For several years, an area of focus for those of us involved in farm animal care has been a commitment to the responsible use of antibiotics. Some called it window dressing. They said the commitments made by farmers, veterinarians and the animal health community to optimize the use of antibiotics on the farm would have little impact. Today, evidence suggests otherwise.
The Food and Drug Administration (FDA) recently released a report summarizing the sales of medically important antibiotics for agricultural use in 2018. There was a 21 percent decrease in sales from 2009, the first year of reported sales. The decline is even more significant when compared with 2015 – a 38 percent decrease according to the FDA report. That doesn’t sound like window dressing to me.
As we look at antibiotics sold year over year, there may be years where there are more or less, depending on the illnesses that can come and go, weather patterns, and changes in livestock populations. As I look to analyze whether the industry is making good on its commitment, my eye is firmly on continuous improvement over time, focusing on antibiotic stewardship through responsible use while maintaining animal health and well-being.
In addition, changes were instituted in 2017 that included ending the use of medically important antibiotics to promote animal growth and requiring stricter veterinarian oversight. Those who said it wasn’t enough have continued to call for more changes in antibiotic use and some advocate a complete ban. But, as the FDA report demonstrates, the agricultural community’s shared concern about antibiotic resistance led to a real commitment to responsible antibiotic use.
Can a person be too thin? On the surface, some would initially say no. But after further consideration, most would say there are, in fact, some serious health consequences associated with the extreme cases. Antibiotic use on the farm is quite similar. It is important to focus on responsible use, optimizing use and reducing the need for antibiotics rather than random target reductions. We should never consider reducing antibiotic use without considering other parameters such as animal health, animal welfare and mortality rates. For example, denying an animal an antibiotic when it is sick is not stewardship, but rather is a random reduction in antibiotic use that can contribute to animal suffering. We must be mindful of the unintended consequences of not using antibiotics when needed.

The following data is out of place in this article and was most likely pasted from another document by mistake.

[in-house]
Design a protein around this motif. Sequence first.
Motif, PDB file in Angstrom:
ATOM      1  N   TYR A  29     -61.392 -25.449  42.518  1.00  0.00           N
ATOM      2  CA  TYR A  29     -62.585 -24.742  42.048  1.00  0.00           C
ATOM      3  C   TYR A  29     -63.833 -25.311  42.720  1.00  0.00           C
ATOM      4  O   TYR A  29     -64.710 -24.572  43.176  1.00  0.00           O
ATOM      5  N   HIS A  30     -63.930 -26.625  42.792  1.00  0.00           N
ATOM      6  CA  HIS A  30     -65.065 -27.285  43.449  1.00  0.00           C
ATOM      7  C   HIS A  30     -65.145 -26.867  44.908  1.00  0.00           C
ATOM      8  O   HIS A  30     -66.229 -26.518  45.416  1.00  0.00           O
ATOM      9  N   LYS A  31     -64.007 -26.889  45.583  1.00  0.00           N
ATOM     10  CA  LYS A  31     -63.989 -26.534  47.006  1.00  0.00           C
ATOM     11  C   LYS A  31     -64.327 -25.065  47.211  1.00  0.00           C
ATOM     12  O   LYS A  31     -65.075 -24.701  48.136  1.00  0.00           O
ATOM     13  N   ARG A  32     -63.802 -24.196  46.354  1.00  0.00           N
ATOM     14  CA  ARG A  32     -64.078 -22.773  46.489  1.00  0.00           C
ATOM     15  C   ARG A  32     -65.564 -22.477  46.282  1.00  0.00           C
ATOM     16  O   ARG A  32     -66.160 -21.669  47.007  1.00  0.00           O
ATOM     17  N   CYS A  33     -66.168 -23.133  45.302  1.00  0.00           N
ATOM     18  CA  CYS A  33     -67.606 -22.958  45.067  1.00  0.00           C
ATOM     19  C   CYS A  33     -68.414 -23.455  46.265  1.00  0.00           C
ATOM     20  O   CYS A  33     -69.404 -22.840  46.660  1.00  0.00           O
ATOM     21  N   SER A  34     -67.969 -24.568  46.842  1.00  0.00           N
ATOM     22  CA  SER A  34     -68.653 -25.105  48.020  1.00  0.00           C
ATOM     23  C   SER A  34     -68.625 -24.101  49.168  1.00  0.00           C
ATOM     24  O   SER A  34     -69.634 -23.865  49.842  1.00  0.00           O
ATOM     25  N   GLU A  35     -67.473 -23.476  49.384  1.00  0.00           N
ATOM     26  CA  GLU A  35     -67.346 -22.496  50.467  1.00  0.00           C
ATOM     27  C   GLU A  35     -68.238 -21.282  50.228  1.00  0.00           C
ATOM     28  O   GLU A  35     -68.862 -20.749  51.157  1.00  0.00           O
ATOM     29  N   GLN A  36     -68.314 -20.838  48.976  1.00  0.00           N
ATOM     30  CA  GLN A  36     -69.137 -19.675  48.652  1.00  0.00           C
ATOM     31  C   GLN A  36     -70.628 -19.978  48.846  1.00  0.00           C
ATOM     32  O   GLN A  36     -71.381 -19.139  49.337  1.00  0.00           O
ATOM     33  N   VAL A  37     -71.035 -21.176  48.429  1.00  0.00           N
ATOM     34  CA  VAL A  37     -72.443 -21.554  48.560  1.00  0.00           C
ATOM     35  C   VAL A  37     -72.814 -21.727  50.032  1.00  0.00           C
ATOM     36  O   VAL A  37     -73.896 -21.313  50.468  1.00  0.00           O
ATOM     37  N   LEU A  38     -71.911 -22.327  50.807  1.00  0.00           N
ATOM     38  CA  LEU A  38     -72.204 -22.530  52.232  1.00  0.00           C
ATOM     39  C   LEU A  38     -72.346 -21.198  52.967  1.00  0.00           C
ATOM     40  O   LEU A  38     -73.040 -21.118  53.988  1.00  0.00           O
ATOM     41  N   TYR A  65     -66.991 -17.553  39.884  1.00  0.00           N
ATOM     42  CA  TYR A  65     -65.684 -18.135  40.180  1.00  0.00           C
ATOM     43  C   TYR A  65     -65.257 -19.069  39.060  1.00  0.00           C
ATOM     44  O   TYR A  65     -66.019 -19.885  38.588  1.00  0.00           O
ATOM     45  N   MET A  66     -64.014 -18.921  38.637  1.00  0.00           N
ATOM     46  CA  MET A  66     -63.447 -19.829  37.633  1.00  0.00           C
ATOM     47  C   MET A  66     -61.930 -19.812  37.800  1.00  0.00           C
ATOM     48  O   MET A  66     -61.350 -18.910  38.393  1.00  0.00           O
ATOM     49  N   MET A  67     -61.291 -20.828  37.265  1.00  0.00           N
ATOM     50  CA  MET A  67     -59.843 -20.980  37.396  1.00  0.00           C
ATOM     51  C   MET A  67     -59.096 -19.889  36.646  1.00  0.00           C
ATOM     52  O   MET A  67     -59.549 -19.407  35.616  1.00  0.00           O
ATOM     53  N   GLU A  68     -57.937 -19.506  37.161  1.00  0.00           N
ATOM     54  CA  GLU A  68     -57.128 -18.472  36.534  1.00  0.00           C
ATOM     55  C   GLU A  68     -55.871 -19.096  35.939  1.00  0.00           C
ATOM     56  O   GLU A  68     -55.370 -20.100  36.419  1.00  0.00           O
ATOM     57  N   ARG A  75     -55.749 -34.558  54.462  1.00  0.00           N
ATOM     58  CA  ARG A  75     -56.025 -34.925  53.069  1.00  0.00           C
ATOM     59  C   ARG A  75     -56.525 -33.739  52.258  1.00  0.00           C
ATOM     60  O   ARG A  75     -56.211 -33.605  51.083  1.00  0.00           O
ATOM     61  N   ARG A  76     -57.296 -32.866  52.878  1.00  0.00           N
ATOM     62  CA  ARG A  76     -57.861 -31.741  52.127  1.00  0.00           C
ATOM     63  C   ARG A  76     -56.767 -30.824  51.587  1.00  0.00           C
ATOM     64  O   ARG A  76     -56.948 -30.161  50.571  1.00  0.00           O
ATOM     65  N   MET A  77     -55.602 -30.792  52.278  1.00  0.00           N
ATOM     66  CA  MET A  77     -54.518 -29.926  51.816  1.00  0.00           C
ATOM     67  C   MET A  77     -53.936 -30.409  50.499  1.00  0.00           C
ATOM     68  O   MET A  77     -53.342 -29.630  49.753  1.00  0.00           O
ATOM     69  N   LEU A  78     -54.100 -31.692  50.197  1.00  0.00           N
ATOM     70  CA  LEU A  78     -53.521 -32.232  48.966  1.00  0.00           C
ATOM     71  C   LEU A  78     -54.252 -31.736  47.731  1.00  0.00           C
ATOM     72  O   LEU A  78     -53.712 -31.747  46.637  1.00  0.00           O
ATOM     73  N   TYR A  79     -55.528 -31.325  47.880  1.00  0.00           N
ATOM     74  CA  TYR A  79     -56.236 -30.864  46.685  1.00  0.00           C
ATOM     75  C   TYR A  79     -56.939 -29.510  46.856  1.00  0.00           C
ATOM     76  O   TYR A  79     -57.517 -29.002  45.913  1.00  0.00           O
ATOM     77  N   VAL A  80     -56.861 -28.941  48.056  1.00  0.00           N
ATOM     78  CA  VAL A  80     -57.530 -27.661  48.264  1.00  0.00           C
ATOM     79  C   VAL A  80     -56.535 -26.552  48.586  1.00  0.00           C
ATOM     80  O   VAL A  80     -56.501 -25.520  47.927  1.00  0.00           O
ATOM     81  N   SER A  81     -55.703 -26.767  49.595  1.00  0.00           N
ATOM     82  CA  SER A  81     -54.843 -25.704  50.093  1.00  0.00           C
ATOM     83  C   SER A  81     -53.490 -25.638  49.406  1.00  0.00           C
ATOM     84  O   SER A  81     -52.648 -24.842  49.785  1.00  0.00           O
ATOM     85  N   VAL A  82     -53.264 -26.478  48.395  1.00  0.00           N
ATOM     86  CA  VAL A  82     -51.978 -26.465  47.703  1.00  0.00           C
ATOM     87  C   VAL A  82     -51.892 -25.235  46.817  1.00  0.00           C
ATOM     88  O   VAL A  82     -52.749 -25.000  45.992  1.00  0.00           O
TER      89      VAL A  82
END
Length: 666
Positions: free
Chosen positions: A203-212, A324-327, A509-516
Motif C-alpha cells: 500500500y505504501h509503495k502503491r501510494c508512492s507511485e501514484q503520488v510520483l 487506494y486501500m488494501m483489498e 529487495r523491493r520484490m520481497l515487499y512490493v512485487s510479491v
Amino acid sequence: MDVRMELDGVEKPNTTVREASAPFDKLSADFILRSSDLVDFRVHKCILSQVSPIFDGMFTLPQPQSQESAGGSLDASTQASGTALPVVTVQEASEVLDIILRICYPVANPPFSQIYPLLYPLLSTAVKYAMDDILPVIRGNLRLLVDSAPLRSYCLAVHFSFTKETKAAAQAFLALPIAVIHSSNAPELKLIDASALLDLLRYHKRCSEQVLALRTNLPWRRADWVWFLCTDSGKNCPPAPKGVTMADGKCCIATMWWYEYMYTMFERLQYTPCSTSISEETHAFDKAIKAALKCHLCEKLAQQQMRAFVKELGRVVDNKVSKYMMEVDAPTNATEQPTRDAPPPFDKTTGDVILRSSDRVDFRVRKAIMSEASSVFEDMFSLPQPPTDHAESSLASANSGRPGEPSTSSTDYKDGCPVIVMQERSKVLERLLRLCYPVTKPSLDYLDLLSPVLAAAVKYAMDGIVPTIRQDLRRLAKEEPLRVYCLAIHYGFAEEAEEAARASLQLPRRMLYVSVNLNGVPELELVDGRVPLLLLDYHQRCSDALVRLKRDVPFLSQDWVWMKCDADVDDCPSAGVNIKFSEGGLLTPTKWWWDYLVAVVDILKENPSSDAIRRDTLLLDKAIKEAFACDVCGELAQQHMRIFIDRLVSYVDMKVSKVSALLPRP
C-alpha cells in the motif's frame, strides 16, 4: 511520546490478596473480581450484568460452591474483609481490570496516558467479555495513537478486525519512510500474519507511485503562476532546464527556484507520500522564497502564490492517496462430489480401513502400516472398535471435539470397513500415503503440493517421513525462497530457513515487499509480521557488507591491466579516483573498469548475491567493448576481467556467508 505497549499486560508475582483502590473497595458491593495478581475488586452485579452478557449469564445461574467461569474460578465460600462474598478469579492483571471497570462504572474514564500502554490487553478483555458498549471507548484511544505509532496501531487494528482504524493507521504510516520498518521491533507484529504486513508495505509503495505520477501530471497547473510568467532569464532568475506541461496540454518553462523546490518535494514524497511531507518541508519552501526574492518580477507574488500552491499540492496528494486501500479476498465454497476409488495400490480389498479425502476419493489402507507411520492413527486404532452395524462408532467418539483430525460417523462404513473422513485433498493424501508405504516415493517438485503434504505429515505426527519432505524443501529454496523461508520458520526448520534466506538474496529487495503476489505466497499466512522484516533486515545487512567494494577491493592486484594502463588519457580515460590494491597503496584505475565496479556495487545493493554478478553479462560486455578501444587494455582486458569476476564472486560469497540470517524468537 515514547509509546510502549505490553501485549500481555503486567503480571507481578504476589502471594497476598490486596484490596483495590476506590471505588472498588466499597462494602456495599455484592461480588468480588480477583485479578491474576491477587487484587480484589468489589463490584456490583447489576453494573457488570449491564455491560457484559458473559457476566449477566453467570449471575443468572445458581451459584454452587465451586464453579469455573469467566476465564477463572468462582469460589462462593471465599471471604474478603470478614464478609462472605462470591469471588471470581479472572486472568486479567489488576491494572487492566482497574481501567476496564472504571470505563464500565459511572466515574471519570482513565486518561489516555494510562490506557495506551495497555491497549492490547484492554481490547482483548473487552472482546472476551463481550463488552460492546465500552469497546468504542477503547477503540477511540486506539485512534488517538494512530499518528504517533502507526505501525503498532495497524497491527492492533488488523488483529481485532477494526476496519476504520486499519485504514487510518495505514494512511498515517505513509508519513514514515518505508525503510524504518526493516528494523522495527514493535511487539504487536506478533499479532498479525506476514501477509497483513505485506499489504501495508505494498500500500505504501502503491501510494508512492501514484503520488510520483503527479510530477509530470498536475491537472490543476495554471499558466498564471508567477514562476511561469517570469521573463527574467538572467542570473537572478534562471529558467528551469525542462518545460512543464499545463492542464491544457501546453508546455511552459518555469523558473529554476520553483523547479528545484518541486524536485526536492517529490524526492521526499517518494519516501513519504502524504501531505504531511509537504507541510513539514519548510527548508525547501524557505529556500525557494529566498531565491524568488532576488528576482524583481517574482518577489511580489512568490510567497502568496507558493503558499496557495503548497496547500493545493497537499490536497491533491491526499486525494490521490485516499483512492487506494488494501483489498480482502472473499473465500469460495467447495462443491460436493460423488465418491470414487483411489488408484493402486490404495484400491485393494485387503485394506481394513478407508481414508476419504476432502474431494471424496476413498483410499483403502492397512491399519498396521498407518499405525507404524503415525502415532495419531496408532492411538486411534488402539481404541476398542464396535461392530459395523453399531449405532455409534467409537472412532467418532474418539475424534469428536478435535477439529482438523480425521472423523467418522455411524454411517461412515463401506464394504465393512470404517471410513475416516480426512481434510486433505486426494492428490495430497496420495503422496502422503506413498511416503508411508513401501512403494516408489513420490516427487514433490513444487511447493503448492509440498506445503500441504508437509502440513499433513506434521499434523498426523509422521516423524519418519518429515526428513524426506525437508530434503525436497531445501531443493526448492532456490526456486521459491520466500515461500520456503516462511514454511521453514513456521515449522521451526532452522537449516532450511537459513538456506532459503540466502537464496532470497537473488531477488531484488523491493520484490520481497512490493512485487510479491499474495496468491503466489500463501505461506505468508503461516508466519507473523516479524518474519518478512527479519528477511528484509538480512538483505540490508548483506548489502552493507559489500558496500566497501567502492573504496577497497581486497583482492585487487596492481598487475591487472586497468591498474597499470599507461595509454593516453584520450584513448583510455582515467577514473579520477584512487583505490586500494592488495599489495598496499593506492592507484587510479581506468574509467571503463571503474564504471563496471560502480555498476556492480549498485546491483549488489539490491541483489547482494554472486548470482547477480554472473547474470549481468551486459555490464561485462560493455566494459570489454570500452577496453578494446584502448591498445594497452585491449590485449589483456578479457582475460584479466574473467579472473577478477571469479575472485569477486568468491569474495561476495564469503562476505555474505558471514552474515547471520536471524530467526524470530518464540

Health for Animals, the global animal medicines association, has created a Roadmap to Reducing the Need for Antibiotics, which includes member pledges regarding specific actions that will be taken to achieve the goals. “By better protecting animals from the threat of disease, identifying health issues earlier and treating them quickly and responsibly, we can decrease disease levels and with it, the need for antibiotics.” The dev.propaganda3.com/exploreanimalhealth website is listed on page 39 of this report as one of the commitments to engaging consumers on this important subject.
In order to reduce the need for antibiotics, farmers employ a whole range of tools to prevent disease that include vaccination programs, nutritional products, and advances in animal housing and biosecurity. As is often the case, there isn’t a single solution. There is a single commitment that leads to an array of solutions. The overall reduction in sales points to a commitment by farmers to use antibiotics responsibly. Said differently, a reduction in sales is one slice of the antibiotic stewardship pie.
This is an important conversation to have within the food system and I welcome your thoughts about it. If you’d like more information about how antibiotics are used on the farm, I invite you to read my past blogs which can be searched by topic here and watch videos found here, including a series I hosted on the topic.
As always, if you have any questions, please feel free to send me an email at AskDrDorman@pahc.com or call me at 844-288-3623. You can also browse our Resource Library to learn more about this important topic.